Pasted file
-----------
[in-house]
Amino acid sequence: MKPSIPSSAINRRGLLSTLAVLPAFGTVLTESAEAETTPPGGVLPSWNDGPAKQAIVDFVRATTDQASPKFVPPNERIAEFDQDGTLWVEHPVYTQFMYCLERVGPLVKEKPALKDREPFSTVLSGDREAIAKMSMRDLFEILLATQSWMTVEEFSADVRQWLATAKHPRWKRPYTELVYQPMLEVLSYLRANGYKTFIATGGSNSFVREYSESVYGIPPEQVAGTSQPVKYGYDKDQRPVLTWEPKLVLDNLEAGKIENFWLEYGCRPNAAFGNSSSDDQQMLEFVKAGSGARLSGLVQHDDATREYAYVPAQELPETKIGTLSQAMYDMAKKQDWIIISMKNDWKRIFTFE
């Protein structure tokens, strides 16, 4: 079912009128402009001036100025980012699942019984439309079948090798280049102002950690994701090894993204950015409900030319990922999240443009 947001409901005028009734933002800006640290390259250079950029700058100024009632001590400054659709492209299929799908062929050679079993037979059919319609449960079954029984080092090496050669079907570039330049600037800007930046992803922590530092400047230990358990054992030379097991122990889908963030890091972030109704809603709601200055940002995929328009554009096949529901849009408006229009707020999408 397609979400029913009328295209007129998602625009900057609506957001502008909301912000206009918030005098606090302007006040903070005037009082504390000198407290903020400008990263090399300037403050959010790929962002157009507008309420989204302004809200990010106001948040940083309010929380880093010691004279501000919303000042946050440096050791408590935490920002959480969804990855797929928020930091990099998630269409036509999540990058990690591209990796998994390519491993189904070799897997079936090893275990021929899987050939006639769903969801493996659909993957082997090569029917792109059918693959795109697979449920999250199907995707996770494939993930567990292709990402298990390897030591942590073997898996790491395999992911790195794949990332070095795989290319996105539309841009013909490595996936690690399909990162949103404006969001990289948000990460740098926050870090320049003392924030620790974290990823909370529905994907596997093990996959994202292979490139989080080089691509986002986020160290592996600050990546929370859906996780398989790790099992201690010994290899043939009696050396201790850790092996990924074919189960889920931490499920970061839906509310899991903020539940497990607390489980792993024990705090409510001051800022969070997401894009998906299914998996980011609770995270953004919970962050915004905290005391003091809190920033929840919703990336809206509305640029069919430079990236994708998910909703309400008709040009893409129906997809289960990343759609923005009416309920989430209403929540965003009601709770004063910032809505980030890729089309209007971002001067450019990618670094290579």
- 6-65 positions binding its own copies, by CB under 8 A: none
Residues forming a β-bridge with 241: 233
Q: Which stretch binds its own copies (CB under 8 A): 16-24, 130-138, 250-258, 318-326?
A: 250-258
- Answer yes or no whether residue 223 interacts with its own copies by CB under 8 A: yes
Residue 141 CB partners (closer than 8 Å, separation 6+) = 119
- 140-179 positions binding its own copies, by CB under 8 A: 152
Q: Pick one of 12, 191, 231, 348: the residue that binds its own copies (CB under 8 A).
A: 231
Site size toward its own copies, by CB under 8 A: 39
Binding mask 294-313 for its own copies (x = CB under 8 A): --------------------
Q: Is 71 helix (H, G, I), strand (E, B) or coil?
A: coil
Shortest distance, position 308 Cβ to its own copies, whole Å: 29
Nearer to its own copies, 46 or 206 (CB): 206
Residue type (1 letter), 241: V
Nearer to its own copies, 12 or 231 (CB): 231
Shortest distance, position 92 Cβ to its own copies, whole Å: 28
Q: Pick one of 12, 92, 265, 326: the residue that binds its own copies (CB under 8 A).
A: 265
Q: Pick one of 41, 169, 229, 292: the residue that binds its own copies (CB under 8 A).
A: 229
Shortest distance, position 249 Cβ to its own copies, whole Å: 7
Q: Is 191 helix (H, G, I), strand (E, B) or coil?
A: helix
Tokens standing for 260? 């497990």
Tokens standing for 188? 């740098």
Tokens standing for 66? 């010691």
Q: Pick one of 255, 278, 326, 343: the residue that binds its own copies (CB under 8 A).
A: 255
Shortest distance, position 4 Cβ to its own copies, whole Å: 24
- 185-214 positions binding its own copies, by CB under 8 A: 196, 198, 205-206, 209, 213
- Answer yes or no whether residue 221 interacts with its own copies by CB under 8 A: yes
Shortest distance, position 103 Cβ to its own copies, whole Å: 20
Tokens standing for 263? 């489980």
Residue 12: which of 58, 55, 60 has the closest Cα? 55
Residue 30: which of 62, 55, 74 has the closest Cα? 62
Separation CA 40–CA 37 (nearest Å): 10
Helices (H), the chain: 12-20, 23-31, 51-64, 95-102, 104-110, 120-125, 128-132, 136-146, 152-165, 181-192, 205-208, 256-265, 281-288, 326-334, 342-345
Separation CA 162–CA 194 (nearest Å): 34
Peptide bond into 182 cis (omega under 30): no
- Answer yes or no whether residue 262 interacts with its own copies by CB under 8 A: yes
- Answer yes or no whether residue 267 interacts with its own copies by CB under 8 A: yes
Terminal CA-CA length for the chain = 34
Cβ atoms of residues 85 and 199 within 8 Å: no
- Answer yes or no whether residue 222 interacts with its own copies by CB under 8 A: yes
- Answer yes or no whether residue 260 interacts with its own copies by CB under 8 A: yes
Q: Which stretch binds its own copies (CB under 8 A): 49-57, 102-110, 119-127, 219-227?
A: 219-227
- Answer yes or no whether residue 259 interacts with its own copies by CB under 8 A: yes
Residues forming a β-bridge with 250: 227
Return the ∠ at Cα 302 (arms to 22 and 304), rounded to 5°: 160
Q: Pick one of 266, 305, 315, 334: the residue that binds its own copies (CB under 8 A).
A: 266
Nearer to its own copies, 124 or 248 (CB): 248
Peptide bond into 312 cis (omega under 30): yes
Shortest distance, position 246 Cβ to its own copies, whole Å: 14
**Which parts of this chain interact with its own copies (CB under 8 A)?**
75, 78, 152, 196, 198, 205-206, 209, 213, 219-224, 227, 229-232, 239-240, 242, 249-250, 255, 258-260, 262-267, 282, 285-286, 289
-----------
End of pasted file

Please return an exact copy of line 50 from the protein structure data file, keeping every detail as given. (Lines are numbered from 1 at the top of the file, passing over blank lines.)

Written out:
- Answer yes or no whether residue 260 interacts with its own copies by CB under 8 A: yes